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In two stints on the D.C. Council, Vincent Orange has been a councilmember for a combined 12 years. Freshmen Councilmembers Elissa Silverman, Brianne Nadeau, and Charles Allen have been on the Council for a combined fifteen months. Still, that comparative lack of experience didn’t stop the trio from snookering Orange good in a maneuver at his own Council committee.
The heist went down Wednesday at the Committee on Business, Consumer, and Regulatory Affairs budget mark-up meeting. That’s when Nadeau, backed up by Silverman and Allen, introduced an amendment to send more money to the Office of the Tenant Advocate and the Department of Consumer and Regulatory Affairs in a bid to catch more illegal construction and approve permits faster. (The action starts 17 minutes in on this video, if you want to follow along.)
That’d be fine, except Nadeau’s money comes from taking more than $450,000 from the District’s film fund, the closest thing Orange has to a sacred cow at the Council (along with his dream of a water park hotel complex). Orange’s dedication to the city’s attempts to attract film and television productions has persisted even as its main achievement remains a disastrous Owen Wilson vehicle.
Orange didn’t respond to LL’s request for comment. As the committee’s chairman, he complained that Nadeau hadn’t given him enough time to consider the funding switch. With the film and television money gone, Orange warned, the District would show the entertainment industry that “we’re not serious.”
“I just don’t think that this committee should operate in this fashion,” Orange said, asking Nadeau to hold her amendment until the full budget reaches the Council’s committee of the whole.
Nadeau, apparently unimpressed with Orange’s offer to find money for the DCRA inspectors elsewhere in the budget, pressed on.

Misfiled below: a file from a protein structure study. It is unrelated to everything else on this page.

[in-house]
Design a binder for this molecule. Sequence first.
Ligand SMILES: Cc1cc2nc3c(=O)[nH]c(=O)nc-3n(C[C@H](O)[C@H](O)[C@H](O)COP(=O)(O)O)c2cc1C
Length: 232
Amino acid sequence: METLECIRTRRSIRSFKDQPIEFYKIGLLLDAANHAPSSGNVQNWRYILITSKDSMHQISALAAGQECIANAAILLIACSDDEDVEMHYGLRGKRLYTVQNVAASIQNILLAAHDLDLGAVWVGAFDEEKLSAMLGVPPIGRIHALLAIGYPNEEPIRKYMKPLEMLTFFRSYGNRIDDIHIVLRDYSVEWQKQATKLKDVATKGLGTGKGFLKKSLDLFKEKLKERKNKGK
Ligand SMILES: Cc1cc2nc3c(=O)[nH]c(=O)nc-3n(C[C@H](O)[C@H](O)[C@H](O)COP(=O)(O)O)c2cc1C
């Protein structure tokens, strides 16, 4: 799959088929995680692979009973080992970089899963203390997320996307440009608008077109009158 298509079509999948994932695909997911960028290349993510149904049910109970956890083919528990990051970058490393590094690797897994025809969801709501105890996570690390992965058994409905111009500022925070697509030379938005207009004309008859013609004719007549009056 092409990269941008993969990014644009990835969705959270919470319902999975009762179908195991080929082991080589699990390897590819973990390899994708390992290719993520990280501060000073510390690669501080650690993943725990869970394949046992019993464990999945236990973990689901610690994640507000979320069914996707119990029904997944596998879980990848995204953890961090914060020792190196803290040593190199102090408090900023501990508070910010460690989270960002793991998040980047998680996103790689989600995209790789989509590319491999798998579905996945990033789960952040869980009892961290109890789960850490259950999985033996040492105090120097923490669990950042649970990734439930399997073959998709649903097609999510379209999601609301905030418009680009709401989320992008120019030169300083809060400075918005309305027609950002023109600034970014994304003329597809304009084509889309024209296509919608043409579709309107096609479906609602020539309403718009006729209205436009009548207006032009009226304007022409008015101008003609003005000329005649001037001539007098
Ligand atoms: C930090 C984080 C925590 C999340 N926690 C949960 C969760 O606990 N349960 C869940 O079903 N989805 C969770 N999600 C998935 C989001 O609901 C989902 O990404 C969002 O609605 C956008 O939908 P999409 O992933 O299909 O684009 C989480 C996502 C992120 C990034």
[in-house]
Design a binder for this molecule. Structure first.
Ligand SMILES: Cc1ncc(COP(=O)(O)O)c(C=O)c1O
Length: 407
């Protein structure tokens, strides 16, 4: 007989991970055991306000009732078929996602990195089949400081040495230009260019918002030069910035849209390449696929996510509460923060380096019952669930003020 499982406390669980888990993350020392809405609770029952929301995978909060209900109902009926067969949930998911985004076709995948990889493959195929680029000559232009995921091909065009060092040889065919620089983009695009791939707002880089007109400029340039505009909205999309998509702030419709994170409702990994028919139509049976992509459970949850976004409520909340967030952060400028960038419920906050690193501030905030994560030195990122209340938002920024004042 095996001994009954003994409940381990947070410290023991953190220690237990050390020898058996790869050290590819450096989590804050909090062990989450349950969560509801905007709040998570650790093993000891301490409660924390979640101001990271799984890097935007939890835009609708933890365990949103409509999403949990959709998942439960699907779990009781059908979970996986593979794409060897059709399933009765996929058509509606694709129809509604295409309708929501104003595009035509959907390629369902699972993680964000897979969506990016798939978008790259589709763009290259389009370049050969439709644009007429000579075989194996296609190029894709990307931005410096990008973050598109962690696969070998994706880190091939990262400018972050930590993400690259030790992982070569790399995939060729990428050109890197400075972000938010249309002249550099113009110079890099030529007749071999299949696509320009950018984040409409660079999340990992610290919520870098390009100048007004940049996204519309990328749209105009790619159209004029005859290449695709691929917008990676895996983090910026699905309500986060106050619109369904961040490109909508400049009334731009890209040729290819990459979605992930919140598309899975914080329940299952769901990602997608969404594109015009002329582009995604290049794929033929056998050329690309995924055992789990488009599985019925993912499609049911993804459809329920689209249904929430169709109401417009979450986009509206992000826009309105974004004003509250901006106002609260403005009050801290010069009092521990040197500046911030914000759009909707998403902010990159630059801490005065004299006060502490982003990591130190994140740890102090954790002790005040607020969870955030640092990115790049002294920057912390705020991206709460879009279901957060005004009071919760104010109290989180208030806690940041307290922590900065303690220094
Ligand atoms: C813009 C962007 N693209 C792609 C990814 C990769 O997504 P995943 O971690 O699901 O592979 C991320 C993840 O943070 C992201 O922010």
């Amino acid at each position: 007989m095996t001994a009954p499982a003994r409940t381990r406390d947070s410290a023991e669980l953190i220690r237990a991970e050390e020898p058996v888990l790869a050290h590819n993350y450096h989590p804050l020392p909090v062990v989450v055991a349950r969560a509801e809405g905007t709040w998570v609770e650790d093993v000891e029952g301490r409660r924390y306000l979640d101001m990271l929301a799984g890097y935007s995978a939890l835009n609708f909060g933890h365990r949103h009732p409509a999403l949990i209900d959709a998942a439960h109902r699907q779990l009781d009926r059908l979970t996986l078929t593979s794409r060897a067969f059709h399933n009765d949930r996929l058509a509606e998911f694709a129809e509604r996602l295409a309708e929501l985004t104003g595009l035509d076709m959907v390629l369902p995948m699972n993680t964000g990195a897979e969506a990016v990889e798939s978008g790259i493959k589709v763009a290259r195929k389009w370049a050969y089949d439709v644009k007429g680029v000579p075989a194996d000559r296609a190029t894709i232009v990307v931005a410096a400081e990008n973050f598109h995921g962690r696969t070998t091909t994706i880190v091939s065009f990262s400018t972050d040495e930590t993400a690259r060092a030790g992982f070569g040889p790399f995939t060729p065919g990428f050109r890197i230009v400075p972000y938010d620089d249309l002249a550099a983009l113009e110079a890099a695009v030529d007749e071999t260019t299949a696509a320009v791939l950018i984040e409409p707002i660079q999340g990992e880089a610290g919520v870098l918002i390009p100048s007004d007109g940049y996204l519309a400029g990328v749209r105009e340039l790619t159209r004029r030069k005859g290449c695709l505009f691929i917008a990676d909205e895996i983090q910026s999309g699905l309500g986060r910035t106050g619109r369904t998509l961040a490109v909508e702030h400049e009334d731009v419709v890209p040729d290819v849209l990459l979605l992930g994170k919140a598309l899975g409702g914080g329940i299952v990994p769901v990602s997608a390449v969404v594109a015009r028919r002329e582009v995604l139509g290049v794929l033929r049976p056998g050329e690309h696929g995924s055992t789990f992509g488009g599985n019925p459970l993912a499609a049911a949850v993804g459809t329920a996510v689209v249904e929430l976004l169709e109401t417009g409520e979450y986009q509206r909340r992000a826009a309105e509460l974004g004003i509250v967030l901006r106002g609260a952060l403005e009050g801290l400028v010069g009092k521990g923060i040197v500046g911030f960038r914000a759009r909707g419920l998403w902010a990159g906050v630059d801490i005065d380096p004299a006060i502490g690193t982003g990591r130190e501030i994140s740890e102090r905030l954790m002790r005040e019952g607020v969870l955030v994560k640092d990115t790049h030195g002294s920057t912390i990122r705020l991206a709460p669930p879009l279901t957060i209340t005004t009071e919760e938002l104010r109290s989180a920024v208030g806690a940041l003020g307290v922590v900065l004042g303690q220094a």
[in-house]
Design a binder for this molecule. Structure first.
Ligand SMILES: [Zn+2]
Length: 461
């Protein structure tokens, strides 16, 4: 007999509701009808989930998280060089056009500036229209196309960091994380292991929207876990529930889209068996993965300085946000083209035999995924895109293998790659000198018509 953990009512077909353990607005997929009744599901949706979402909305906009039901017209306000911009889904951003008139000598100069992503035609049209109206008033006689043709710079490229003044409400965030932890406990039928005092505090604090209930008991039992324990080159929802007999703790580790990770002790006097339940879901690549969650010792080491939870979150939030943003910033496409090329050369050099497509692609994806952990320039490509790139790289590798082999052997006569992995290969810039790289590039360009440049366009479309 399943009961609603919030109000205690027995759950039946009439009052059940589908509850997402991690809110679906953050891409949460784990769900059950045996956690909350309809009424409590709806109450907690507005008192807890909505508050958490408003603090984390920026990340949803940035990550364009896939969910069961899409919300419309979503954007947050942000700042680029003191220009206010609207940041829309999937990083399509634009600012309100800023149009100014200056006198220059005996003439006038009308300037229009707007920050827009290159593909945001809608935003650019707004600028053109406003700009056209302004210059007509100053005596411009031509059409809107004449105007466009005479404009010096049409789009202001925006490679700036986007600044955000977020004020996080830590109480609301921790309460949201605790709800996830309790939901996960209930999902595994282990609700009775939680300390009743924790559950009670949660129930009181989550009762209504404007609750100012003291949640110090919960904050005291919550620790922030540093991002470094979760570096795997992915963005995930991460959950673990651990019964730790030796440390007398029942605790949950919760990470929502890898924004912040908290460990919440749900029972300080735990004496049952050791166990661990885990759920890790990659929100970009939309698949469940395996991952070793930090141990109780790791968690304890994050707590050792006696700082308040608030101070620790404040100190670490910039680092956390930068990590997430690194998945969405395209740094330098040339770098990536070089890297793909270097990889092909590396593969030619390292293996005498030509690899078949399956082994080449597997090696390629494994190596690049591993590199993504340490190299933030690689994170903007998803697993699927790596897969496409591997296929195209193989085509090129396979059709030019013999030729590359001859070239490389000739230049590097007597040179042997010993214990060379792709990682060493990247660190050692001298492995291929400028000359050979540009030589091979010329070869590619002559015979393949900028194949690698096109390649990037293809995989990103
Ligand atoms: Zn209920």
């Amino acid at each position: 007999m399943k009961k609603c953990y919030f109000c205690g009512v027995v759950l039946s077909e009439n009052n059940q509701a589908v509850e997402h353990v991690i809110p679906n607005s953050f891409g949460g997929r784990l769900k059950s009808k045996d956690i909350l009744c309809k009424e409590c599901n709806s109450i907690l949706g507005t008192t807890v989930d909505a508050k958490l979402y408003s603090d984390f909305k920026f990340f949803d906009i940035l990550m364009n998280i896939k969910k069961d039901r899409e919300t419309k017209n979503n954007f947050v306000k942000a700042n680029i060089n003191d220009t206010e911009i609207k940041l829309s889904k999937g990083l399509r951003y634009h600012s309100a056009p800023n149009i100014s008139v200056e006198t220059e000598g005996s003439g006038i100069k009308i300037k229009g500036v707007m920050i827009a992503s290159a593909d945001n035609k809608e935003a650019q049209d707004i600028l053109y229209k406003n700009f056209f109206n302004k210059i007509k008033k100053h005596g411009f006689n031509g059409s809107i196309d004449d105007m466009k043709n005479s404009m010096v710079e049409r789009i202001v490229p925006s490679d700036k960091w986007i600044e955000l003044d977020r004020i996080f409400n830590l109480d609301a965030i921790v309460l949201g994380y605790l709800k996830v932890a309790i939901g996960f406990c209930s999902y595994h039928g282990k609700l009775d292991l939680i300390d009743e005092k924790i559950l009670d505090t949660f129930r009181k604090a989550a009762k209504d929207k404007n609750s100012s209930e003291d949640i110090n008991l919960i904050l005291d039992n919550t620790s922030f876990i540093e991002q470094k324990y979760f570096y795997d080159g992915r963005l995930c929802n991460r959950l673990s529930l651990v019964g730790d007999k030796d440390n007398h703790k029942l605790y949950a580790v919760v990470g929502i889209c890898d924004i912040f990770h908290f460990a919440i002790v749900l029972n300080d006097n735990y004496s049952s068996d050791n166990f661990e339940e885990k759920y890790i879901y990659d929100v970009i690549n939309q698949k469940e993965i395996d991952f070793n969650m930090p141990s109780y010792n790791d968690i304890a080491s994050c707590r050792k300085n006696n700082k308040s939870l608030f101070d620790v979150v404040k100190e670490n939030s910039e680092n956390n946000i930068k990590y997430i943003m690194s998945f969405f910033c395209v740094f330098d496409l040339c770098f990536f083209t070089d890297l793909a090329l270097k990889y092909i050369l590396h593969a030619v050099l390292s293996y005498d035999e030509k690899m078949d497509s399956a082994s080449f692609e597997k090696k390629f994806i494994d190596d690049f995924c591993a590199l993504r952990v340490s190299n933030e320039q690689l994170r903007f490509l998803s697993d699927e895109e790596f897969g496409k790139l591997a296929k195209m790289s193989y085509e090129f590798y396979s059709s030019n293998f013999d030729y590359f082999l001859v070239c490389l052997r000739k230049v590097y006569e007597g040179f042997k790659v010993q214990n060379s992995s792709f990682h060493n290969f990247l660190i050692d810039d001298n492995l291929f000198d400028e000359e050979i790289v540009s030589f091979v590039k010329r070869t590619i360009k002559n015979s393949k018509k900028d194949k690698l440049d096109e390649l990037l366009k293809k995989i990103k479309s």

“It just doesn’t sit well with me,” Orange said. “This whole amendment doesn’t sit well with me. This committee has been very successful. This committee moves forward on all fronts.”
Shifting the money to DCRA puts Orange in an awkward spot because, unlike almost anything else the new councilmembers could have spent money on, illegal construction enforcement is also an Orange favorite. Arguing against the move, Orange talked up his own contributions to the fight against construction scofflaws.. .and then tried to explain why the city shouldn’t spend the film money on it.
“To get three new members to come and say, ‘We want this,’ you’re really not in it at this point,” Orange said, referencing his work chronicled in a WAMU series about shoddy construction. “I was out there all Saturday morning with my staff. I was out there with inspectors getting this done.”
In a last-ditch attempt to save his film money, Orange urged his colleagues to “go with the chair of a very successful committee”—-in other words, himself. Alas for Orange, the freshmen councilmembers weren’t swayed and voted 3-1, over his objections, to move the money anyway.
Photo by Darrow Montgomery